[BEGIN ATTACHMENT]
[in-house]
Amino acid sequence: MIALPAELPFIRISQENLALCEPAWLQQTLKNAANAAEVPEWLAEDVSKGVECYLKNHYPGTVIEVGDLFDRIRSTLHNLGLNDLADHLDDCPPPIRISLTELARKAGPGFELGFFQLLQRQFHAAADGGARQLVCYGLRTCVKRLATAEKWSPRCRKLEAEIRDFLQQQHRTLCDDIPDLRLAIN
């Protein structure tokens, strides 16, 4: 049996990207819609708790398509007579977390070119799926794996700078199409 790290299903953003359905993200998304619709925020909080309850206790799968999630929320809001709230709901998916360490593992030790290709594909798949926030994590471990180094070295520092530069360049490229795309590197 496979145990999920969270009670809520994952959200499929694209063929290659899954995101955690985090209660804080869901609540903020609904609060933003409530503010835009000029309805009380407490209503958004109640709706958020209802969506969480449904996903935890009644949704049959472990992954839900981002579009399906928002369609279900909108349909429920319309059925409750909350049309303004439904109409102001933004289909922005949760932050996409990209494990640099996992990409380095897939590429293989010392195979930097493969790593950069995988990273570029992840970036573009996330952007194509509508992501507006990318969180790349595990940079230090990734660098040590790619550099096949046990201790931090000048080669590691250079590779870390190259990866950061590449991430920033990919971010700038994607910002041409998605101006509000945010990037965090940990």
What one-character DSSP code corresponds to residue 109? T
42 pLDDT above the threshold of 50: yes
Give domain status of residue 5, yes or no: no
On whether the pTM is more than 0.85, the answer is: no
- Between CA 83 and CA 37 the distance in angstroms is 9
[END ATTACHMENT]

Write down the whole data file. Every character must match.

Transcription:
[in-house]
Amino acid sequence: MIALPAELPFIRISQENLALCEPAWLQQTLKNAANAAEVPEWLAEDVSKGVECYLKNHYPGTVIEVGDLFDRIRSTLHNLGLNDLADHLDDCPPPIRISLTELARKAGPGFELGFFQLLQRQFHAAADGGARQLVCYGLRTCVKRLATAEKWSPRCRKLEAEIRDFLQQQHRTLCDDIPDLRLAIN
């Protein structure tokens, strides 16, 4: 049996990207819609708790398509007579977390070119799926794996700078199409 790290299903953003359905993200998304619709925020909080309850206790799968999630929320809001709230709901998916360490593992030790290709594909798949926030994590471990180094070295520092530069360049490229795309590197 496979145990999920969270009670809520994952959200499929694209063929290659899954995101955690985090209660804080869901609540903020609904609060933003409530503010835009000029309805009380407490209503958004109640709706958020209802969506969480449904996903935890009644949704049959472990992954839900981002579009399906928002369609279900909108349909429920319309059925409750909350049309303004439904109409102001933004289909922005949760932050996409990209494990640099996992990409380095897939590429293989010392195979930097493969790593950069995988990273570029992840970036573009996330952007194509509508992501507006990318969180790349595990940079230090990734660098040590790619550099096949046990201790931090000048080669590691250079590779870390190259990866950061590449991430920033990919971010700038994607910002041409998605101006509000945010990037965090940990």
What one-character DSSP code corresponds to residue 109? T
42 pLDDT above the threshold of 50: yes
Give domain status of residue 5, yes or no: no
On whether the pTM is more than 0.85, the answer is: no
- Between CA 83 and CA 37 the distance in angstroms is 9